Mines News

Release Date Wednesday, August 26, 2015

Airbus Americas Donates $500,000 Aircraft Part to SD Mines

From left to right, graduate student James Tomich, materials engineering and science, Todd Curtis, research engineer for the Arbegast Materials Processing & Joining Center (AMP), Christian Widener, Ph.D., faculty member and AMP director, and senior Isaac Markon, civil and environmental engineering.

RAPID CITY, S.D. (Aug. 26, 2015) – Airbus Americas has donated an A320 elevator valued at $500,000 to the South Dakota School of Mines & Technology. The 20-foot-long part designed for flight control on the aircraft’s tail will be used to support education and cold-spray research at SD Mines.

The university is a leader in cold-spray technology, which accelerates metal powders through a supersonic nozzle at rifle speeds to build up metal onto surfaces. Elevators damaged during operation are not always cost effective to repair. Christian Widener, Ph.D., director of the university’s Arbegast Materials Processing & Joining Laboratory, says his research team will help address this need by identifying projects geared toward researching cold-spray repair of aircraft flight control surfaces.

“Airbus is proud to donate this A320 elevator to the South Dakota School of Mines & Technology,” said Barry Eccleston, president of Airbus Americas. “Because the elevator will be used for teaching and research at the school, Airbus views this donation as an investment in our future, and in the future of engineering and science in South Dakota and the U.S.”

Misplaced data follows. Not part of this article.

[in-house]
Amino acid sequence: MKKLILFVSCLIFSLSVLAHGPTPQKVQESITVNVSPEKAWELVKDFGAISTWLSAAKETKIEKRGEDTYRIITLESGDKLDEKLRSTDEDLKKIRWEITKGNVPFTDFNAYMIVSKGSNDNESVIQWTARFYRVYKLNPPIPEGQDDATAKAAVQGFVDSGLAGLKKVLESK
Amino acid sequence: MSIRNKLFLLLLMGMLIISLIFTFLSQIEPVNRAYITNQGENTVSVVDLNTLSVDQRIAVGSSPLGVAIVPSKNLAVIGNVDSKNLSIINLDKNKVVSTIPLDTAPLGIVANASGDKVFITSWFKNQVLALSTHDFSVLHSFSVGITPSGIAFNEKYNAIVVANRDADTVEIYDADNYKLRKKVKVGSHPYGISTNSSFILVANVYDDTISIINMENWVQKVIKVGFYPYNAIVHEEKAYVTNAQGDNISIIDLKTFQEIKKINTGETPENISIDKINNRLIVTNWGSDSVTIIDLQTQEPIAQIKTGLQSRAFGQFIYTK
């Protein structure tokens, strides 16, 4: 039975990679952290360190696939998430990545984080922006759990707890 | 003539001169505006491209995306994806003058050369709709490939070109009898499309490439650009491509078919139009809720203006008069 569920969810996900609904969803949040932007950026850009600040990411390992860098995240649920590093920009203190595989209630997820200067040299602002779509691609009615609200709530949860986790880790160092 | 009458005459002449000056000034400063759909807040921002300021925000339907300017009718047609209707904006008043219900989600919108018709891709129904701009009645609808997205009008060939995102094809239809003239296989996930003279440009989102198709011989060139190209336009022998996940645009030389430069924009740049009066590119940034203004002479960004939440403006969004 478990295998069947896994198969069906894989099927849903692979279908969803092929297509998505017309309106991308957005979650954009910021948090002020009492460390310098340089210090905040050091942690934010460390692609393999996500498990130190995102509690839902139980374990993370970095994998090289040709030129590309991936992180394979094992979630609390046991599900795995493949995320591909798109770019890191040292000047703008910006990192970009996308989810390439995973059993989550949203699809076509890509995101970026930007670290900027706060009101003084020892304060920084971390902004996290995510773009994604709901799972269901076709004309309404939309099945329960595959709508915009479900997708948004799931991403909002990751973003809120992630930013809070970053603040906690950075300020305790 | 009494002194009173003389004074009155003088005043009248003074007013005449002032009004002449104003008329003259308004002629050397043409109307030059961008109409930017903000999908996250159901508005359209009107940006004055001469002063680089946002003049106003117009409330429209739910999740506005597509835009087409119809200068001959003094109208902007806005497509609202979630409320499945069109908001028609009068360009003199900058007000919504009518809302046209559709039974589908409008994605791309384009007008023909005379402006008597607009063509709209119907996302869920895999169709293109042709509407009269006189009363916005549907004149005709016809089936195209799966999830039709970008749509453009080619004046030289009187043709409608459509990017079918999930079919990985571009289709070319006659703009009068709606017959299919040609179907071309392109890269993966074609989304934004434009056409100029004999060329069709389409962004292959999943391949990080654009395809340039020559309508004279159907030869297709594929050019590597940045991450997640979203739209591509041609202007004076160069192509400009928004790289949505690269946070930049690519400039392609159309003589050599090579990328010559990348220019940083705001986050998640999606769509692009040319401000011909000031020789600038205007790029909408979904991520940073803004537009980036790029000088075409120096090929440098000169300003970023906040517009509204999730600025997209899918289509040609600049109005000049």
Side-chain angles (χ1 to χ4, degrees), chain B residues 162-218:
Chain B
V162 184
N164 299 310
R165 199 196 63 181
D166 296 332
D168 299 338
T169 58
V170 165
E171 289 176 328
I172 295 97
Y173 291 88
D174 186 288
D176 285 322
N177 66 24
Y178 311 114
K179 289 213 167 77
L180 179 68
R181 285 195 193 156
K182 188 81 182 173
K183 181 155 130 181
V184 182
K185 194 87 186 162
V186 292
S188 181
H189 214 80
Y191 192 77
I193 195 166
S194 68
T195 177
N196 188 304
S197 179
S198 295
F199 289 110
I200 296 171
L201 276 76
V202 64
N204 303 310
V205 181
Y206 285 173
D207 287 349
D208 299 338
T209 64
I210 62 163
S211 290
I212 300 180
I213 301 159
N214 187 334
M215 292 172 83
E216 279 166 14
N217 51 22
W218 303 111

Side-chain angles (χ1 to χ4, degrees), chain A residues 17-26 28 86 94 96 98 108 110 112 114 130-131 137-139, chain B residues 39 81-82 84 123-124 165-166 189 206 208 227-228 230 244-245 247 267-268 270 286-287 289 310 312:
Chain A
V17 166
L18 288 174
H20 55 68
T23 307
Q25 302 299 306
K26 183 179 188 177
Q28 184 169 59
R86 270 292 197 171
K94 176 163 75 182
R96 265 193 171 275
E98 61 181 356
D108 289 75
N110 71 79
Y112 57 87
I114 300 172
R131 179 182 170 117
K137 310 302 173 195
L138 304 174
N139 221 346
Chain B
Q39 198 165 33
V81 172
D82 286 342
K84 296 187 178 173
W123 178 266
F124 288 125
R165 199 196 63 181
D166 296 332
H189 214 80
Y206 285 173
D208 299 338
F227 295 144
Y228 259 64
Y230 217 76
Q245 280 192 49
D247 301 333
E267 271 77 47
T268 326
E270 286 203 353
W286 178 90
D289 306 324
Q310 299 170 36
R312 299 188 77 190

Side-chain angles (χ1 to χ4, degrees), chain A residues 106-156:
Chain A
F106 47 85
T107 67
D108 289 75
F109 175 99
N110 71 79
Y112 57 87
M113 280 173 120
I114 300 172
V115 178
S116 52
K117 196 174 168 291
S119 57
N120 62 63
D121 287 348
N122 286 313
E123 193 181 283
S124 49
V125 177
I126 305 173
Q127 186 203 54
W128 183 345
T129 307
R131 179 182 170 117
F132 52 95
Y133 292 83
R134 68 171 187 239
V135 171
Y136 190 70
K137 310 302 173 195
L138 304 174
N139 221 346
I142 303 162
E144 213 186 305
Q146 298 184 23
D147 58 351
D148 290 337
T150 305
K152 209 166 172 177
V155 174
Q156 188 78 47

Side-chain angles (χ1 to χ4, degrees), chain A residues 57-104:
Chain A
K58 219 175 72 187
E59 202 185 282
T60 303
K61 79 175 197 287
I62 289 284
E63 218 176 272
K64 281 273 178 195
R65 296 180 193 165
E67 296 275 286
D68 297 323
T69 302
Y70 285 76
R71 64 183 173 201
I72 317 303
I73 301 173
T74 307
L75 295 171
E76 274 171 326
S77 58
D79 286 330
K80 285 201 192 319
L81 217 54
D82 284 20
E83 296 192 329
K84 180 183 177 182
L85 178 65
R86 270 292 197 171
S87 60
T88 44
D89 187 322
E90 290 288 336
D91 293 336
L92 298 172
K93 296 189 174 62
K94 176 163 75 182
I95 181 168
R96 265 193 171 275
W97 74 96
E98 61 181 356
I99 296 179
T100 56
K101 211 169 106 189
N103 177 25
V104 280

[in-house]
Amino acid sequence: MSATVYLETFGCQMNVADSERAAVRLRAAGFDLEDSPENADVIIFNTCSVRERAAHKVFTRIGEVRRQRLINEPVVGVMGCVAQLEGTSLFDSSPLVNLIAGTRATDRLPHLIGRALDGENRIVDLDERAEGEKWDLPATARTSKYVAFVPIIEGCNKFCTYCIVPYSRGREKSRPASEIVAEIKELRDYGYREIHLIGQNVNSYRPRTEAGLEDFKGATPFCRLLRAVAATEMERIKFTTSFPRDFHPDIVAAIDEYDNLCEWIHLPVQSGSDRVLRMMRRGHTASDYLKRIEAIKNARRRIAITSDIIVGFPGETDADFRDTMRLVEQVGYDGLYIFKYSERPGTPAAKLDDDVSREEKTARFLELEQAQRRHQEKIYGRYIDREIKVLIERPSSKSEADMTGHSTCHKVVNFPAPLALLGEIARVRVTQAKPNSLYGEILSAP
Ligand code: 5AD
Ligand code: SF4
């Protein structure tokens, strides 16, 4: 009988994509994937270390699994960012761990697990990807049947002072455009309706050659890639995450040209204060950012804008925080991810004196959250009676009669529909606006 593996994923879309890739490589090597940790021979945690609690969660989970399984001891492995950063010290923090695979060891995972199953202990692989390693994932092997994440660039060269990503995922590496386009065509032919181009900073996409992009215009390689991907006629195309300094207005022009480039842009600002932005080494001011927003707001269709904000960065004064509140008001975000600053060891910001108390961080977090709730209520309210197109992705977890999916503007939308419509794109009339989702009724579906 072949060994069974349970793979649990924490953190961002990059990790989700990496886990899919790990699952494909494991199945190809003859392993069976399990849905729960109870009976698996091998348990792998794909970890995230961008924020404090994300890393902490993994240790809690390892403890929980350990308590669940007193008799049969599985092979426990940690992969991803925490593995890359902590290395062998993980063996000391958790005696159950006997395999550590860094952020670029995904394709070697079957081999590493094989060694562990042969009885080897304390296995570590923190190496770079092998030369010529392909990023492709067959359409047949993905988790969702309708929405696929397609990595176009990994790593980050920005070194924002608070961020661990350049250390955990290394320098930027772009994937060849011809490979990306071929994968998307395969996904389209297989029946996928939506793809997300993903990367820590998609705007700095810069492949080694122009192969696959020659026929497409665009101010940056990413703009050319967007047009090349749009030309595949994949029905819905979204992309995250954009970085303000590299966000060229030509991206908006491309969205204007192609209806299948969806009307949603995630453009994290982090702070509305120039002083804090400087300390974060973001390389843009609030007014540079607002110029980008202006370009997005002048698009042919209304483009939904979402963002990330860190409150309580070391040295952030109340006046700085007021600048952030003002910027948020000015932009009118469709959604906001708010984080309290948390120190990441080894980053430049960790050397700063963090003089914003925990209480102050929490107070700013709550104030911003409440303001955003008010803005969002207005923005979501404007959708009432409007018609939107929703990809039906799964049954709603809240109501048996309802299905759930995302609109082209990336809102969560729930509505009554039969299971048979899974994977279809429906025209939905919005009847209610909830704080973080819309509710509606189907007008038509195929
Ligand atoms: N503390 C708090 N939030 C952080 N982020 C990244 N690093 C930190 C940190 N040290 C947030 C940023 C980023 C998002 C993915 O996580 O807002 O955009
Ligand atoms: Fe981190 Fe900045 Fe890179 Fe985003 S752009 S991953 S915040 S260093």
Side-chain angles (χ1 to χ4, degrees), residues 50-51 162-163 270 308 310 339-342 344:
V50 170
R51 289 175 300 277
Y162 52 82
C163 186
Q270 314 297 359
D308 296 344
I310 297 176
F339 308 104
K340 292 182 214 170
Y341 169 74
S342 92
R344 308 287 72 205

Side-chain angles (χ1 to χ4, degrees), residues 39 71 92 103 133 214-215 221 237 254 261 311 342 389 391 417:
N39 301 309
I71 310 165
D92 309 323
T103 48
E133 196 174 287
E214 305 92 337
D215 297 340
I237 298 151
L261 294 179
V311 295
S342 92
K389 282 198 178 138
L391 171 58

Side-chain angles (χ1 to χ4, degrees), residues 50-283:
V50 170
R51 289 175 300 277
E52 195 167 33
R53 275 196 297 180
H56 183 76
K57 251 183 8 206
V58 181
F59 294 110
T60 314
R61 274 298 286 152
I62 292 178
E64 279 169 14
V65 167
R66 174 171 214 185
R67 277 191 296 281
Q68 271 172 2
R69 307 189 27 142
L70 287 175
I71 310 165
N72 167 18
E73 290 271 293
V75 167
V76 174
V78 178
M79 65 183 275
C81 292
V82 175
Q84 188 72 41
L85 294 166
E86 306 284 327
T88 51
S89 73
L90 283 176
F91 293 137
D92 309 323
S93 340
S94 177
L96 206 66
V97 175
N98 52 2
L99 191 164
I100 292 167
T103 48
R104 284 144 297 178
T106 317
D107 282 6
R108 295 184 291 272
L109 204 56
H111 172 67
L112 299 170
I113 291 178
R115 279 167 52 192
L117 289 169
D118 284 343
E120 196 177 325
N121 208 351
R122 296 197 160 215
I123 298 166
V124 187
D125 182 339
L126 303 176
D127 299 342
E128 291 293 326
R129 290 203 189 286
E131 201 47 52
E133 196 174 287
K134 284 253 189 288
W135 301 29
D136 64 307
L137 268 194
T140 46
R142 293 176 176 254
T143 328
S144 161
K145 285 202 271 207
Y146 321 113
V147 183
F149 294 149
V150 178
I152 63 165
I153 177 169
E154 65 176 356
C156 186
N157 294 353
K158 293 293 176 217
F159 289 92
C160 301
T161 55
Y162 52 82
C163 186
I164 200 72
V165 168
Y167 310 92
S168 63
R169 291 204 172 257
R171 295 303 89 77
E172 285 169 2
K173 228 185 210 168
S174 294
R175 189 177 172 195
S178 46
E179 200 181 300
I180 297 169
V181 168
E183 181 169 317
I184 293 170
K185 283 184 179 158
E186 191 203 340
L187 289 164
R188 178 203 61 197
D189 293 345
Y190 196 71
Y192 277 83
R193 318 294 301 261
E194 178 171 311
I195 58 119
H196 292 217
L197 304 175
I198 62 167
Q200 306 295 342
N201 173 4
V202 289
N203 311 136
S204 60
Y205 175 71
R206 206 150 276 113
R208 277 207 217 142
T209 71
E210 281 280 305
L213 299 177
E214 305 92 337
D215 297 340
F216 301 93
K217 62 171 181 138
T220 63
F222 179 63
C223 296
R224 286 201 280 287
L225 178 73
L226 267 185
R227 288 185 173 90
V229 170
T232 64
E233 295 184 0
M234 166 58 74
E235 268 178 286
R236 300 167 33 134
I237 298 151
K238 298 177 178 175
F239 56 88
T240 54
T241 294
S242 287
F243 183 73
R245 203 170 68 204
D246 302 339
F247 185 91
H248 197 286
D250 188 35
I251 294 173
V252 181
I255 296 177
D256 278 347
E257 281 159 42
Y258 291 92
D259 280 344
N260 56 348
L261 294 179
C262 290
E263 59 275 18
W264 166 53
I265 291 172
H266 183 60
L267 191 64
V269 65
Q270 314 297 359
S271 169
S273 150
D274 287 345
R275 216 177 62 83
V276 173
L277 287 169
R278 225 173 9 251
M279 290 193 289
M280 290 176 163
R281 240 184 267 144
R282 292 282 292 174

Widener, who serves as an associate mechanical and metallurgical engineering professor, says the donation will also be used as a teaching tool, so students gain familiarity with industry equipment. He plans to make a demonstration piece out of part of the elevator to show students the components of a finished aircraft part.

“The South Dakota School of Mines & Technology has been a leading institution in science and engineering for more than 100 years,” said U.S. Sen. John Thune (R-S.D.), whose office helped facilitate the donation. “This generous donation is an example of how public-private partnerships can help education young men and women for careers that meet the demands of today’s rapidly evolving economy.”

“Mines has done exceptional work for the Air Force, developing new techniques to repair expensive metal parts rather than replace them. We appreciate Senator Thune making this connection so that we can expand opportunities for research,” said Heather Wilson, president of South Dakota Mines.


About SD Mines

Founded in 1885, the South Dakota School of Mines & Technology is a science and engineering research university located in Rapid City, S.D., offering bachelor’s, master’s and doctoral degrees. The university enrolls 2,798 students from 45 states and 39 foreign countries, with a student-to-faculty ratio of 14:1. The SD School of Mines placement rate is 98 percent, with an average early-career salary for graduates of $65,600, according to the 2014-2015 PayScale report. Find us online at www.sdsmt.edu, on Facebook at https://www.facebook.com/sdsmt and on Twitter at https://twitter.com/sdsmt.


About South Dakota Mines  

Founded in 1885, South Dakota Mines is one of the nation’s leading engineering, science and technology universities. South Dakota Mines offers bachelor’s, master’s and doctoral degrees and a best-in-class education at an affordable price. The university enrolls 2,493 students with an average class size of 24. The South Dakota Mines placement rate for graduates is 98 percent, with an average starting salary of more than $70,036. For these reasons  South Dakota Mines is ranked among the best engineering schools in the country for return on investment. Find us online at www.sdsmt.edu and on FacebookTwitter, LinkedInInstagram, and Snapchat.

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